In contrast, Syria's President Bashar Al Assad and his acolytes know there is no middle ground allowing their regime to change while also staying in place. This explains the ferocity with which the Alawite-dominated security services, praetorian divisions of the Syrian army, and irregular militias have crushed mostly peaceful demonstrations. They perceive the challenge to Assad rule as an existential threat to their community, an attitude the regime has hardened to quash all political alternatives. The question is: even if Mr Al Assad is ousted, the more this would this occur? A negotiated exit will more likely facilitate a process placing the security apparatus under civilian authority than if the Assads are removed through violence.

Stalemate in Syria, or in Yemen and in Bahrain, where the standoff of several months ago has not been resolved, is upheld by built-in mechanisms of equilibrium. It is a truism that armed deterrence in most Arab states is primarily directed inward. Arab armies and security services rarely win foreign wars, but until recently they were quite adept at stifling domestic discontent. The regimes did this by balancing interests and patronage, blending coercion with co-optation, neutralising political or social forces apt to undermine the status quo, and securing regional acquiescence for their policies.

Some observers prefer to use the term "Arab revolutions" over "Arab Spring" when describing the transformations in the Middle East and North Africa today. But revolutions frequently devour their own, substituting fresh oppressive orders for those that existed before. Overcoming that foul predisposition will be the benchmark of success in a new Arab world, not vague rhetoric about the allures of liberty.

Friday, September 16, 2011

Jumblatt’s Sunni disposition

To write that Walid Jumblatt is shifting political direction is a conspicuous waste of perfectly good words. Changeability, we know, is par for the course with the Druze leader. And Jumblatt’s acrobatics, particularly his efforts to curry favor with a Sunni community from which he has been alienated for months, were always expected.

Jumblatt’s most recent foray into defending the Sunnis was his response to Patriarch Bechara al-Rai, who publicly warned last week that the Muslim Brotherhood might win out in Syria if the regime of President Bashar al-Assad were to fall. Jumblatt described Rai’s statement as “inaccurate,” and was rewarded with condemnation from the patriarch’s partisans. Jumblatt was right, but to compensate for his disapproval and preserve good relations with the Maronites, he prepared a warm Druze welcome for Rai on his tour of the North Metn and the Chouf, and will reportedly visit the patriarch soon.

There are two principal reasons why Jumblatt cannot endure lasting Sunni resentment: Lebanese parliamentary elections and the Druze leader’s view of the long-term interests of his community.

Jumblatt’s influence is closely tied in to the size of his bloc in parliament. The Druze leader knows well that his political representation is exaggerated, given his community’s scant numbers. What lets Jumblatt punch above his weight is the current election law, which allows him to dominate in the Chouf and Aley districts, and at one time gave him a significant say in Baabda. However, in the Chouf Sunnis form a third of the electorate (with the Druze and Maronites each making up a third), and in 2009 they were numerically the largest single voting bloc. For Jumblatt to have his way in the district, since he can never be sure of how the recalcitrant Christians will lean, he must guarantee that Sunnis stay on his side.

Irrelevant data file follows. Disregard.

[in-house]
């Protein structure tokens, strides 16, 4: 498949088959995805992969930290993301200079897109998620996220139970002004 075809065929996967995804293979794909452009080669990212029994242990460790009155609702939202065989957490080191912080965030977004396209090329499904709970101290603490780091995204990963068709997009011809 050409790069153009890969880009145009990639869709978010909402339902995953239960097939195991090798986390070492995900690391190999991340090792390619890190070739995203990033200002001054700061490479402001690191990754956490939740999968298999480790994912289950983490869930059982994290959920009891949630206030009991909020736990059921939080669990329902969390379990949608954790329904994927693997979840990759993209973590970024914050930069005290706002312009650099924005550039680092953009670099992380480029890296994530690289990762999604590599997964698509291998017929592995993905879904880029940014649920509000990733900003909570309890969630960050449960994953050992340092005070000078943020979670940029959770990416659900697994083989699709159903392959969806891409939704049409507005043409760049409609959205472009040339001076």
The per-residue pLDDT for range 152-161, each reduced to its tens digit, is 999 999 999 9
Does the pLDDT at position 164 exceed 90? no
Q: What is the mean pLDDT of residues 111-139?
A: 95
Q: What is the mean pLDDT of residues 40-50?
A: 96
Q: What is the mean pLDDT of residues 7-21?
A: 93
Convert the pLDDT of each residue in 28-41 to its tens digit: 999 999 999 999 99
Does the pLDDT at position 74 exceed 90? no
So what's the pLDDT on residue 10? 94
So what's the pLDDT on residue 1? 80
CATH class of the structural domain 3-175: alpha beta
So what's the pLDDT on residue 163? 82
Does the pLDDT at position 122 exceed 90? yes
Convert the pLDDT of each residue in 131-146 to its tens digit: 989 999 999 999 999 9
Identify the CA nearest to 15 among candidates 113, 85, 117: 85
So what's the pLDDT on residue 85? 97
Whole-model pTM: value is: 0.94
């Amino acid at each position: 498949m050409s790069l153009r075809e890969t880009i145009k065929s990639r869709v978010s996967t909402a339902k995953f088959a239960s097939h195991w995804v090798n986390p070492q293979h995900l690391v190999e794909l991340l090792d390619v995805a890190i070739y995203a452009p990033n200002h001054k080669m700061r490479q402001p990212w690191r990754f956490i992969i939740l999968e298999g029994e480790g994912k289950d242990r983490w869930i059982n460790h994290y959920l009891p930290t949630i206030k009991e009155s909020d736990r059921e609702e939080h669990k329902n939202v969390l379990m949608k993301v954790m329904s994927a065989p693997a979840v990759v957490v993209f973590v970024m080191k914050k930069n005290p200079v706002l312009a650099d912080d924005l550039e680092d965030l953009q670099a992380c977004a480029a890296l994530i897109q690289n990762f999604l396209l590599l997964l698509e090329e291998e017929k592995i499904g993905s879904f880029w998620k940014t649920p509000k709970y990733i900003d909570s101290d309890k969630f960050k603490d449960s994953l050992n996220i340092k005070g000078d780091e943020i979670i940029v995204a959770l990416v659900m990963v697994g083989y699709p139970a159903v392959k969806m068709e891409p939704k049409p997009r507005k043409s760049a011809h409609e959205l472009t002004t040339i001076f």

That’s not all. Two of Jumblatt’s closest Druze collaborators, the parliamentarians and ministers Ghazi al-Aridi and Wael Abu Faour, were essentially elected in 2009 on Sunni-dominated lists backed by Saad al-Hariri: Aridi in Beirut and Abu Faour in the West Bekaa. Were Jumblatt to enter the 2013 elections on bad terms with Hariri and the Sunnis, the pair would almost certainly fail to be re-elected, representing a major setback for the Druze leader.

In parallel, between now and election time expect Jumblatt to lead efforts to undermine an election law based on proportionality. Such a law would threaten the Druze leader’s tight hold on the mountains. Nor will he be alone. Lebanese election laws grant winning candidate lists all the seats in voting districts. This system favors major politicians and factions—who in turn perpetuate the system.

Beyond elections, however, Jumblatt has long regarded it a strategic necessity for the Druze to be allied with the Sunnis in Lebanon and outside. Quite sensibly, he has grasped that a minority like his only gains by tying itself to the community forming a majority in the Arab world. This partly explains Jumblatt’s reflexive recourse to Arab nationalist symbolism, but also his persistent efforts to situate his actions, when possible, in the context of an Arab consensus. During the postwar period, and until 2004, he managed to maneuver with ease because Saudi Arabia and Syria, and with them most Arab states, were on the same wavelength in Lebanon.

More prosaically, Jumblatt is well aware that a close affiliation with the Sunnis opens doors to Saudi Arabia and the vast resources allowing the Druze leader to exercise his power of patronage. Jumblatt sounded appropriately glum earlier this year when he announced that the Saudis had severed their ties with him following his break with Saad al-Hariri. That was indeed costly—and yet Jumblatt had positioned himself at the crossroads of a Syrian-Saudi deal to neutralize the Special Tribunal for Lebanon, urging Hariri to endorse such an arrangement. In the end it was to no avail.